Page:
Monday, 27 June 2016

Panoramas and digs

Bates Panorama - Pavilion gardens and Broad Walk

The streets of Buxton 
and the layers of Under Whitle
public events in June

Buxton is a town of mixed architectures: from the spectacular Georgian sweep of the Crescent to the Victorian elegance of the Pavilion and the golden opulence Opera House. Our “Up your street” event for Buxton Museum and Art Gallery *, started with those wonders, added the intriguing Bates Panoramic Views of the town and then, inevitably dived off in other directions. We were looking at “where do you live, where might you live, where would you like to live” and that was us….the residents of, and visitors to, the noble town of Buxton have strong views about what makes for a rewarding home:
            gardens with rabbits (Harpurhill and Fairfield)
            resident ghosts
            haunted furniture
            a school for ghosts and witches (in Burbage)
            wizards towers
            a cosy home

Then a couple of weeks later (June 25th), we joined the Peeling Back The Layers crew at their open day at the Dove Valley Centre at Under Whitle. Here a community archaeology project has identified promising shapes under the ground (we’re back to palaces and castles, adding dungeons on the way). Other teams have plundered the Staffordshire Archives to uncover all sorts of intriguing information about the Horobins, the Mellors and all the other occupants of the farm from its first record in 1407.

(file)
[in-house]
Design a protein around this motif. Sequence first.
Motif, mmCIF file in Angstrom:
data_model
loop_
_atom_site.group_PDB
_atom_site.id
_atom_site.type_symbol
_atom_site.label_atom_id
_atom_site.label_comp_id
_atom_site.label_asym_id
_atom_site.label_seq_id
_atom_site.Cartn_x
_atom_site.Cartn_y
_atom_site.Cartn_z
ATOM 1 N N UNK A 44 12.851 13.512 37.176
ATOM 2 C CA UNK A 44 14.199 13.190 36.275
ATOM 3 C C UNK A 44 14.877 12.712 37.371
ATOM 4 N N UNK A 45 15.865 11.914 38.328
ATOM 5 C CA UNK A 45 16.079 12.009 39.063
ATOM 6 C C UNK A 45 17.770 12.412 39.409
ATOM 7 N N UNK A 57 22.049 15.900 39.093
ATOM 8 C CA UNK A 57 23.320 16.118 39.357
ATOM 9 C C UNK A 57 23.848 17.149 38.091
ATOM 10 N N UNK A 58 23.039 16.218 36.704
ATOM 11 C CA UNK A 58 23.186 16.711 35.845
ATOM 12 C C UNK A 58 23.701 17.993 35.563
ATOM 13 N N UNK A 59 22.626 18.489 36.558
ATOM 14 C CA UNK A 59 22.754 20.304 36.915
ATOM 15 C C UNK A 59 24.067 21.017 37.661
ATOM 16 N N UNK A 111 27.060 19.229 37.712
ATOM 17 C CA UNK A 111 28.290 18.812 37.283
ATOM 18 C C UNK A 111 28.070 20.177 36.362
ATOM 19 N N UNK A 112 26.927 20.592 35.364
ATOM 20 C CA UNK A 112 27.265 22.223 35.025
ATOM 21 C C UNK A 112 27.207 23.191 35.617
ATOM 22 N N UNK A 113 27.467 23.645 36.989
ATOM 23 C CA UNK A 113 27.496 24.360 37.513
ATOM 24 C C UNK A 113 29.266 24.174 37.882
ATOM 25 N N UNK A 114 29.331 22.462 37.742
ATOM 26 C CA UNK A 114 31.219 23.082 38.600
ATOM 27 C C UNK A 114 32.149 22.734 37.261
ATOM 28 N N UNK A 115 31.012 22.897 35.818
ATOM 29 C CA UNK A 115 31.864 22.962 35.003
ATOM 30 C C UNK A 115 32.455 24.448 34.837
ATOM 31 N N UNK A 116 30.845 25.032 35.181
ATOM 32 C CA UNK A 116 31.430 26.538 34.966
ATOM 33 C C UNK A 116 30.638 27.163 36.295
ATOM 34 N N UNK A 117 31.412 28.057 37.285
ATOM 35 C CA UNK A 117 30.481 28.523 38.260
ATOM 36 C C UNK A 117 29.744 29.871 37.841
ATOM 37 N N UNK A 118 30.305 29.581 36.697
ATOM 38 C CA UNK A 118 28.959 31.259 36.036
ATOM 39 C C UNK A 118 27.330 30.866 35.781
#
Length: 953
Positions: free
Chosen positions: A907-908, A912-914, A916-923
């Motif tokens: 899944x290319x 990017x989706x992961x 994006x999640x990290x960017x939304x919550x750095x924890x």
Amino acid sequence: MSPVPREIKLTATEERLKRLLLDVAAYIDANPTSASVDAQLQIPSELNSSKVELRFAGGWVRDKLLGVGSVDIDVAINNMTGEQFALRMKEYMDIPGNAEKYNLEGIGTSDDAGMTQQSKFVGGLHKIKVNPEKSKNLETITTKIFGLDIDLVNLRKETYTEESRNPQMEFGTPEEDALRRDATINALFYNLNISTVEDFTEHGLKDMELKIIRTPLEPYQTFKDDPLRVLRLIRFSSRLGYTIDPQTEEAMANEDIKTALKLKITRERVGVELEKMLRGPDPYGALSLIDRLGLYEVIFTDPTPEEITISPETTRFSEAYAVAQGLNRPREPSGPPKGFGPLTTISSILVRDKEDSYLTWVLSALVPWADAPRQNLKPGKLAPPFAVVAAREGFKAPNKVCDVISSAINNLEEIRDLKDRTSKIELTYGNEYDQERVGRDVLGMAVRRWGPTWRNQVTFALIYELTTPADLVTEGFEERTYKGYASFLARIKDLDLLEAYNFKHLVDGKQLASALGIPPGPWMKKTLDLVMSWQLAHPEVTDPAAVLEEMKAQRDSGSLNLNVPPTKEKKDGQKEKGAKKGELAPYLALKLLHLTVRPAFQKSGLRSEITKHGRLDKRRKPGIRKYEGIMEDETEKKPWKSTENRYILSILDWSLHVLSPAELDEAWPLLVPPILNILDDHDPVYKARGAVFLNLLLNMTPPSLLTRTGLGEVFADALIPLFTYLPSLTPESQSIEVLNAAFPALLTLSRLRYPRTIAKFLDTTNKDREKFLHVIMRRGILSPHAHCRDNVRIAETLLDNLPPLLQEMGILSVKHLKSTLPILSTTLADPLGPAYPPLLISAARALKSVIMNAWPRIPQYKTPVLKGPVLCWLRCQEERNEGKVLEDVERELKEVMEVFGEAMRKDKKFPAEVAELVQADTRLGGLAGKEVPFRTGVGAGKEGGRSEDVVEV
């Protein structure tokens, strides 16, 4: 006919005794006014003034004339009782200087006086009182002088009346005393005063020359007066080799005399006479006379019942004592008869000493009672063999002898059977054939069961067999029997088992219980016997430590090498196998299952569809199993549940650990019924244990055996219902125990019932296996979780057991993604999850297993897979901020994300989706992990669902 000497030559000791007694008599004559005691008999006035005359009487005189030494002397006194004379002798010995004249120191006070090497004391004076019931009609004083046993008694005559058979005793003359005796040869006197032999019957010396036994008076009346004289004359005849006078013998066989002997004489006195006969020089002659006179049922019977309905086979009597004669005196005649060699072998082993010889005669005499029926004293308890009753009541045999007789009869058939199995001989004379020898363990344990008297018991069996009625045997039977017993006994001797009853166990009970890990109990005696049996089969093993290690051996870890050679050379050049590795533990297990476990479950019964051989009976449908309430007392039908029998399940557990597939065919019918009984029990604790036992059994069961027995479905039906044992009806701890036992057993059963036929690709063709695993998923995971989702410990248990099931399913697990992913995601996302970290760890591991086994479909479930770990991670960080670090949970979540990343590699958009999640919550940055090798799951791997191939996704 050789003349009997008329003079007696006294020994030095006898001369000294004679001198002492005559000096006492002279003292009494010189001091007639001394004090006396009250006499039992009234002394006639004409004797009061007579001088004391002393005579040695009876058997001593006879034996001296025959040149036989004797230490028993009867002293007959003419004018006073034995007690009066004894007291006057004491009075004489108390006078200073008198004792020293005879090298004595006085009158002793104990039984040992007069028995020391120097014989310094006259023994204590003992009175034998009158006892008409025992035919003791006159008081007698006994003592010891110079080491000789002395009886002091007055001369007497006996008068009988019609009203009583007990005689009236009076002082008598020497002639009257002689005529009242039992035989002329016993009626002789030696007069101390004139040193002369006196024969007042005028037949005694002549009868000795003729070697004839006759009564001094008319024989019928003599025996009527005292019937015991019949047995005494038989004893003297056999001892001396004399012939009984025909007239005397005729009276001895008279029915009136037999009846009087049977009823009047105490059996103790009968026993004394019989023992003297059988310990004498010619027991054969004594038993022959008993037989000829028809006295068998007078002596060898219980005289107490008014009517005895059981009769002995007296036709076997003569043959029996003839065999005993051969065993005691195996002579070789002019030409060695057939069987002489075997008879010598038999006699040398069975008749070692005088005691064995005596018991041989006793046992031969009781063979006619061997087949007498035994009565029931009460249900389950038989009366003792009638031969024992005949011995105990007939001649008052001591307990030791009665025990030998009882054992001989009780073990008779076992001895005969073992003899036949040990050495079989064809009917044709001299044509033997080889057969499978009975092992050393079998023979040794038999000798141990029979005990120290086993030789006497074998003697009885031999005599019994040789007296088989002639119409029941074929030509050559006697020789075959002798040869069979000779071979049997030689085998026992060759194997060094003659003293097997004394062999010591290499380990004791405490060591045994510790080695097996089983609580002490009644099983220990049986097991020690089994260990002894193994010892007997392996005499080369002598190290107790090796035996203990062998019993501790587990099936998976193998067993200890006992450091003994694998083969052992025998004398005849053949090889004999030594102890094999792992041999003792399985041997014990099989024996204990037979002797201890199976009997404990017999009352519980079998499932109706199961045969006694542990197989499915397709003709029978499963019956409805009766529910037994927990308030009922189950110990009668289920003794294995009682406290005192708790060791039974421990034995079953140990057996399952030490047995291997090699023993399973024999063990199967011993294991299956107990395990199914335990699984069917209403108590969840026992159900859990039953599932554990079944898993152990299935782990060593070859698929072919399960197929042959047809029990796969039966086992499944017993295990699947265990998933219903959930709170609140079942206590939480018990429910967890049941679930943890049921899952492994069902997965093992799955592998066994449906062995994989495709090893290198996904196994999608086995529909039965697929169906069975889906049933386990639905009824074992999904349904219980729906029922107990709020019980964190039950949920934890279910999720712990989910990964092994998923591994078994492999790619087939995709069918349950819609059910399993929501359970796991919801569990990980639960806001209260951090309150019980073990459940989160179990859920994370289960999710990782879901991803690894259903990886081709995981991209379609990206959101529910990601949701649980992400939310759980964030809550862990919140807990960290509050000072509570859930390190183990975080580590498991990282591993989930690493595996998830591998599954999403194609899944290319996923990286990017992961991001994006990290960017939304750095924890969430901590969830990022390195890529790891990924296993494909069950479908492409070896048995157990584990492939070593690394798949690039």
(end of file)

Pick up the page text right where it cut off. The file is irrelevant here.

cataloguing finds
But now the shovels are out….

We were there to explore possibilities – “what might be here”, and what might we find with pictures of medieval and later pieces from the Museum’s collection. There were exciting teams of professional and amateur archaeologists – we offered a place to pause, and talk and think and speculate…. Out of all the chat and thoughts and rumours, came a poem.

Under Whitle, digging
Digging and hoping,
Scraping, trowels,
Brushes and dreams
            If only, a dinosaur, or a duck, fossilised and thrilling,
Pieces, so many broken bits  
            How about a whole pot, a bottle that once did,
            could still, maybe, hold water from the spring on the hill
Something whole, anything whole
            A sword, a sword! Crusted with rust,
            A dream sunk deep in centuries of dirt
Sherds and bones
And broken glass

Pottery, fragments,
A hinge,
A tooth.

Abandoned homes
Discarded lives,
Thrown out,
So many broken pots,
So many leftover lives,
Quietly swamped by the grass tides
And the sea-sway and hiss of a meadow in the breeze.

Churning butter, and shaping and slapping and wrapping it cool into a butterbur leaf

*These events (or our attendance at the Under Whitle day)are part of a series supporting the Museum’s Collections in theLandscape project. This project is expanding public access to the Museum’s Collections both in the museum by redeveloping the Wonders of the Peak Gallery and through school and public activities and enabling access to the Collections through virtual resources

Summer events: there will be all sorts of activities at the Museum over the summer: events for families and children and a whole series of Meet the Expert talks at the Museum during the Buxton Festival - exploring all sorts of things from prehistoric Derbyshire to mermaids and Ashford Marble
Under Whitle in summer

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